By Sharna Johnson: CNJ Staff Writer
The defense rested Wednesday afternoon without calling a witness in the murder trial of William Riley. The decision followed a seven-hour parade of forensic experts and law enforcement officers put on the stand by the prosecution.
Testimony Wednesday placed the DNA of the victim, Roshawn Pitts, on Riley’s shirt, mapped the path of the bullets to a shooter approaching the car, placed the defendant’s footprints in the area where the gun believed to be used in the shooting was found, and matched ballistics from the gun in evidence to bullets found at the scene.
The jury will begin deliberations today following closing arguments. Riley is accused of killing Pitts in June 2004.
Based on a crime scene reconstruction, Clovis Police Department Detective Keith Farkas concluded Pitts was shot as he climbed over the driver’s seat. He said Pitts, who was a passenger in a vehicle parked outside Riley’s apartment, ran around the front of the car and got back in the passenger seat.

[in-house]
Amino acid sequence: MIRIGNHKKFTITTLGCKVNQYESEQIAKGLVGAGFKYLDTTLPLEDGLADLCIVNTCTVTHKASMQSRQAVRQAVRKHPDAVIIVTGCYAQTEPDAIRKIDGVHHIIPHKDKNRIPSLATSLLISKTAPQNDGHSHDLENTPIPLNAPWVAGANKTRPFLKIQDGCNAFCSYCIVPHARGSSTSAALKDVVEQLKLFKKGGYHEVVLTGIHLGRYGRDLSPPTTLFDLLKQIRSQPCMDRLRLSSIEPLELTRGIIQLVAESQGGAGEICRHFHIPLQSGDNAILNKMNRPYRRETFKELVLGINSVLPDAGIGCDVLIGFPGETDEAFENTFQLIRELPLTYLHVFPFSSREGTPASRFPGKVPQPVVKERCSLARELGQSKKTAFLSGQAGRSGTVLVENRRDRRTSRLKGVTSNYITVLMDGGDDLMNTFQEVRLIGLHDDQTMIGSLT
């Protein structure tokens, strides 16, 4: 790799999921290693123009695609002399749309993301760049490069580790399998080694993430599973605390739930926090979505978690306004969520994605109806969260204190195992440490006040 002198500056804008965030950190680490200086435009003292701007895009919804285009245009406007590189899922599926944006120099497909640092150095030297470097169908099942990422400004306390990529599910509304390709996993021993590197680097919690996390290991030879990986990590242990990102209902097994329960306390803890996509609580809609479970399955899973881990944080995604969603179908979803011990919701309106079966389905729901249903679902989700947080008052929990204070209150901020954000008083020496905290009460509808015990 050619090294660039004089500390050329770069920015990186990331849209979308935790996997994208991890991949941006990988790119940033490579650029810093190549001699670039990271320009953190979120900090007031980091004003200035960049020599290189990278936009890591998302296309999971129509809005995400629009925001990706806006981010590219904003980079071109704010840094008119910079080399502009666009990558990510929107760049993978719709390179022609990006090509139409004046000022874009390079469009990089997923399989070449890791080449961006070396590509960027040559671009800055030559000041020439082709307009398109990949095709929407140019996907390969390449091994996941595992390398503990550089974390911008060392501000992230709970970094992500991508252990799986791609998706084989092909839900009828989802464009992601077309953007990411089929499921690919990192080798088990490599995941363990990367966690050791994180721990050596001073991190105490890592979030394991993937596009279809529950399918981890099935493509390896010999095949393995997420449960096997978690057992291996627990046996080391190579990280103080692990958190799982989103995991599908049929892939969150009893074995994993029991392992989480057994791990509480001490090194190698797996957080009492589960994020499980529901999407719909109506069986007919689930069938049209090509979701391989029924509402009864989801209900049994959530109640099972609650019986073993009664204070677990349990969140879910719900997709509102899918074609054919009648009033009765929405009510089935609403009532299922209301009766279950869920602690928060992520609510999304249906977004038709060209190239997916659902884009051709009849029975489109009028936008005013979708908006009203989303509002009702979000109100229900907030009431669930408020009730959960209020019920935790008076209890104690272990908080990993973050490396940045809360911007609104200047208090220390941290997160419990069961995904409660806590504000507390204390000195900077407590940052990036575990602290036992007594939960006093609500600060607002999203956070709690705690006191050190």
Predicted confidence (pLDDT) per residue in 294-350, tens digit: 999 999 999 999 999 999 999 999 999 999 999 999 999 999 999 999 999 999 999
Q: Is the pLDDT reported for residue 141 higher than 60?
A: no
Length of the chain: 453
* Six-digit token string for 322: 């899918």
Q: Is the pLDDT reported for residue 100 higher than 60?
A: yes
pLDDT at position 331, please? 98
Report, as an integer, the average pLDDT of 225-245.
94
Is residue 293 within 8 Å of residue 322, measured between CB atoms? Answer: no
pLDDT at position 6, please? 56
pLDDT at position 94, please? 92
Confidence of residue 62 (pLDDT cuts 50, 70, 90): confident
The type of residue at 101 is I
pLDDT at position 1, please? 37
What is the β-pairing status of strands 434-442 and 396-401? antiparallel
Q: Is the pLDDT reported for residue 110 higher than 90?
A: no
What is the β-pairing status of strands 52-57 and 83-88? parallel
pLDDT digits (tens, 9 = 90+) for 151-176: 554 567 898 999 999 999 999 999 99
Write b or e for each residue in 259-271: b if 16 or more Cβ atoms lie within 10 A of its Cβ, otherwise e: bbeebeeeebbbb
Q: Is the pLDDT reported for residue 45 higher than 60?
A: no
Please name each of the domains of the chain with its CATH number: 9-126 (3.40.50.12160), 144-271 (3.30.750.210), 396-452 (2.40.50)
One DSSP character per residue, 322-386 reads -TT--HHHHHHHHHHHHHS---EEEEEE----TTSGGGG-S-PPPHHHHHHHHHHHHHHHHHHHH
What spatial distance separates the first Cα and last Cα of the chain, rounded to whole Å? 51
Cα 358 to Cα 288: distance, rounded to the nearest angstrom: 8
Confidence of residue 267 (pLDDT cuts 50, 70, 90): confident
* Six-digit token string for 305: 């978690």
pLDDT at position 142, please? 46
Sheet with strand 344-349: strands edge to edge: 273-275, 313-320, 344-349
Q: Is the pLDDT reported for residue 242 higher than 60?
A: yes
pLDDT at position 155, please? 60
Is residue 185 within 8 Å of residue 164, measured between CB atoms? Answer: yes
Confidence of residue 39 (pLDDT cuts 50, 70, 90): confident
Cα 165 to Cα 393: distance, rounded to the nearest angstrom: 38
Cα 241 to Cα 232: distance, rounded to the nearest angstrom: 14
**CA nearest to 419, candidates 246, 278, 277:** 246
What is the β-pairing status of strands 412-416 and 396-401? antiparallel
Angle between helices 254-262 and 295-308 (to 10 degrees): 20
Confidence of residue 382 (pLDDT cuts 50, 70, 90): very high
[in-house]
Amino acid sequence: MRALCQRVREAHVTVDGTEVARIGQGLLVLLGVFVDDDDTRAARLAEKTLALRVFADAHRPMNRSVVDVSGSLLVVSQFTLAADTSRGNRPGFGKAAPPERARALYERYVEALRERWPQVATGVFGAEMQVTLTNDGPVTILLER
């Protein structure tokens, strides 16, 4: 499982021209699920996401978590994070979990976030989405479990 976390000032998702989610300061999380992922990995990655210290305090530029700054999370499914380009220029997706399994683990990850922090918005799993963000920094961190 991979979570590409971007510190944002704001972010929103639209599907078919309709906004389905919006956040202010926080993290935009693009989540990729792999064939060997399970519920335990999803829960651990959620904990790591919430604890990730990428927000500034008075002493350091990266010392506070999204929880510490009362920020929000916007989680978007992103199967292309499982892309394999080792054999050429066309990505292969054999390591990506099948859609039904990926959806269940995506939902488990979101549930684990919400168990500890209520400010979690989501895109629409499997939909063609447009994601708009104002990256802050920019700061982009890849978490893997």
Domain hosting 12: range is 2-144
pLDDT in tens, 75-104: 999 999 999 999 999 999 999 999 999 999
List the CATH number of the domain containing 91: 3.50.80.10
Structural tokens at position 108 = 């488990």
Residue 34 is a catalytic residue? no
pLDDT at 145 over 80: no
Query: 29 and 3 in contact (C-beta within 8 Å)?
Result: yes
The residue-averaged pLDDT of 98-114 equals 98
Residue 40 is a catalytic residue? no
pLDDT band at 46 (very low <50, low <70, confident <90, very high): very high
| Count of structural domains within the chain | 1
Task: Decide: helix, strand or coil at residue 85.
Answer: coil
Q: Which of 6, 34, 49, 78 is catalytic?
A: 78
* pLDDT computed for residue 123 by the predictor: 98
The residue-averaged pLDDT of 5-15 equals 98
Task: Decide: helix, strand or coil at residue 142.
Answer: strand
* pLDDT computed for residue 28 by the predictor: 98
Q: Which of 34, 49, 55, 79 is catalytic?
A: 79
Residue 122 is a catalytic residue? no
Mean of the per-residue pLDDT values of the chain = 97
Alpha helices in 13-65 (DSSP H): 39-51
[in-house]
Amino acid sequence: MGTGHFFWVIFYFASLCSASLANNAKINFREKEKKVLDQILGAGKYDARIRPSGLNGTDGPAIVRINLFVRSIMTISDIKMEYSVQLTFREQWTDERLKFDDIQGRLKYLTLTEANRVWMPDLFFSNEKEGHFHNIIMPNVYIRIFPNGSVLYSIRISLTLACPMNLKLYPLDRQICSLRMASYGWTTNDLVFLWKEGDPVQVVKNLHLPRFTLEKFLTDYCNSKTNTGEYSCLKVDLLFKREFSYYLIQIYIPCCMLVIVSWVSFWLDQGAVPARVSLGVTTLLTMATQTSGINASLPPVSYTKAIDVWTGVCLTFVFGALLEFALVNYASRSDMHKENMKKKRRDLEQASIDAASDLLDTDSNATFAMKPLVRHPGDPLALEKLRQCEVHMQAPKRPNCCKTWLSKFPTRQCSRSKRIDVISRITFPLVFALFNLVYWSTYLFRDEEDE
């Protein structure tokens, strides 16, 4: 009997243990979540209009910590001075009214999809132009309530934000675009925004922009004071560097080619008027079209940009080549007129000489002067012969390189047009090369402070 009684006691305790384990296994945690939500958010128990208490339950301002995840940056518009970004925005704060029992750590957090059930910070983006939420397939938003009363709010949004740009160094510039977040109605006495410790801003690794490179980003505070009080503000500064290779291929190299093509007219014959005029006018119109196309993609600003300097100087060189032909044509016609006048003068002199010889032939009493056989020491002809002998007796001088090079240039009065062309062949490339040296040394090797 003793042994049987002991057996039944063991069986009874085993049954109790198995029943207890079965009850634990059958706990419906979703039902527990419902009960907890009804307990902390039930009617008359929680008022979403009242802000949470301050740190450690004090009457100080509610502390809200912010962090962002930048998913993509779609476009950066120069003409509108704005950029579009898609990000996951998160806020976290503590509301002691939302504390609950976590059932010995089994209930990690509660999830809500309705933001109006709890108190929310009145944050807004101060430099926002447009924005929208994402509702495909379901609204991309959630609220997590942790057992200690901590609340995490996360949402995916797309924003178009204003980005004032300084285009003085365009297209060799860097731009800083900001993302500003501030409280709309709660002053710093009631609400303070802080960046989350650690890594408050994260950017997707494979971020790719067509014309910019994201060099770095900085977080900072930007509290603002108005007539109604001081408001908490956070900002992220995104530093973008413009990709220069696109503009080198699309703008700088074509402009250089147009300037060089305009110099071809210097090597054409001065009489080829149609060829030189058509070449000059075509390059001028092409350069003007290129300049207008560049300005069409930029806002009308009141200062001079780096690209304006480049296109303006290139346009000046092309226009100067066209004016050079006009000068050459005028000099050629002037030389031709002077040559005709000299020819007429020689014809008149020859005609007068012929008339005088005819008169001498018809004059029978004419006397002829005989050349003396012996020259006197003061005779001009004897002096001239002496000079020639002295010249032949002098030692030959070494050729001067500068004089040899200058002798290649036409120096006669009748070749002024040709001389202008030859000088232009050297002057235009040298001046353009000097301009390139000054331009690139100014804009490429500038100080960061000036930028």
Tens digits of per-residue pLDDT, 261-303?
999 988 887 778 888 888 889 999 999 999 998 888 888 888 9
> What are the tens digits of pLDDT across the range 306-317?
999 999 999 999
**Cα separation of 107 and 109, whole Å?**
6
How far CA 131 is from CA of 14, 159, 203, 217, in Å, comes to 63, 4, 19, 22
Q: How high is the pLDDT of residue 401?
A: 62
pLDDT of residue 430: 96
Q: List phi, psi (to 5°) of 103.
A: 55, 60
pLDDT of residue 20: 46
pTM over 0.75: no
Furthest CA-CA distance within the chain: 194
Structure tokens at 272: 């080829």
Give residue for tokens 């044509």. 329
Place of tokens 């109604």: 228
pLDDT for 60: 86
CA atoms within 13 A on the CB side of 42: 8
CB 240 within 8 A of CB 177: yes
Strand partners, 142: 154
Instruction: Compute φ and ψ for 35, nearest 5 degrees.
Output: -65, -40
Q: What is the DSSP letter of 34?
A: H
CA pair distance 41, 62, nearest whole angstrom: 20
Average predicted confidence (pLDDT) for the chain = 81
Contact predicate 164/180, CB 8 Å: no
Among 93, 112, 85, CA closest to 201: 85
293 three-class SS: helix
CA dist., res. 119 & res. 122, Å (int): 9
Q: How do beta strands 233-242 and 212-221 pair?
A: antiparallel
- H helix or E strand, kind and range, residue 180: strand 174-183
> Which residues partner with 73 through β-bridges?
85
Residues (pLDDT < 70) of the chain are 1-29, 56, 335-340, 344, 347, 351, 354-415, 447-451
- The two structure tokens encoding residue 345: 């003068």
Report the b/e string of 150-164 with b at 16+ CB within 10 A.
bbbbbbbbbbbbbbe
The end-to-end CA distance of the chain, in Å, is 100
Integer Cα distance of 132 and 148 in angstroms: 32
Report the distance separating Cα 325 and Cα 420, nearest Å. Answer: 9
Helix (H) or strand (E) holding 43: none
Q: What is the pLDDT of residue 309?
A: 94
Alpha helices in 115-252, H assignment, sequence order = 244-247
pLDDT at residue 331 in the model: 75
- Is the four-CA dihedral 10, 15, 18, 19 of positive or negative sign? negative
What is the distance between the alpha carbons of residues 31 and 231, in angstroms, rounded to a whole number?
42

Chief Medical Examiner Dr. Ross Zumwalt testified Tuesday Pitts was shot from 2 to 4 inches away. The close-range shots could have come from inside the car, he said, but did not pass through the car or the windows before striking Pitts.
Farkas stated four of five bullets fired from the gun were located at the scene by investigators:
• One was embedded in the metal below the passenger window, causing the glass to shatter he believed;
• One was found outside the car in the driveway; this one, he said, likely passed through the victim’s shoulder and the steering column before coming to rest on the pavement;
• One lay on the driver’s side floorboard, the one he believes went through Pitts’ shirt sleeve and into his upper torso;
• One was found on the driver’s seat, possibly the shot that went into Pitts’ right buttock and through his thigh.
Marks on the hood indicated the missing bullet was shot from the front of the car, skidded along the hood, struck the windshield, went over the roof and into the street.
Farkas also testified there were no viable fingerprints found on the weapon.
Alison Quereau, a firearms and ballistics expert with the state crime lab, compared ballistics from the recovered bullets with a gun police found behind a daycare center blocks from the scene, and said she was “100 percent sure” they matched.
The lengthy, technical testimony seemed to wear on the jury.
During cross-examination by defense attorney Luis Juarez, several jurors sighed and shifted in their seats as he quizzed Clovis police officer Kirk Roberts on the terminology used to describe bullets. One female juror rolled her eyes, flopped back in her seat and covered her eyes, massaging her brow with her thumb.
Riley faces life in prison if convicted of first-degree murder.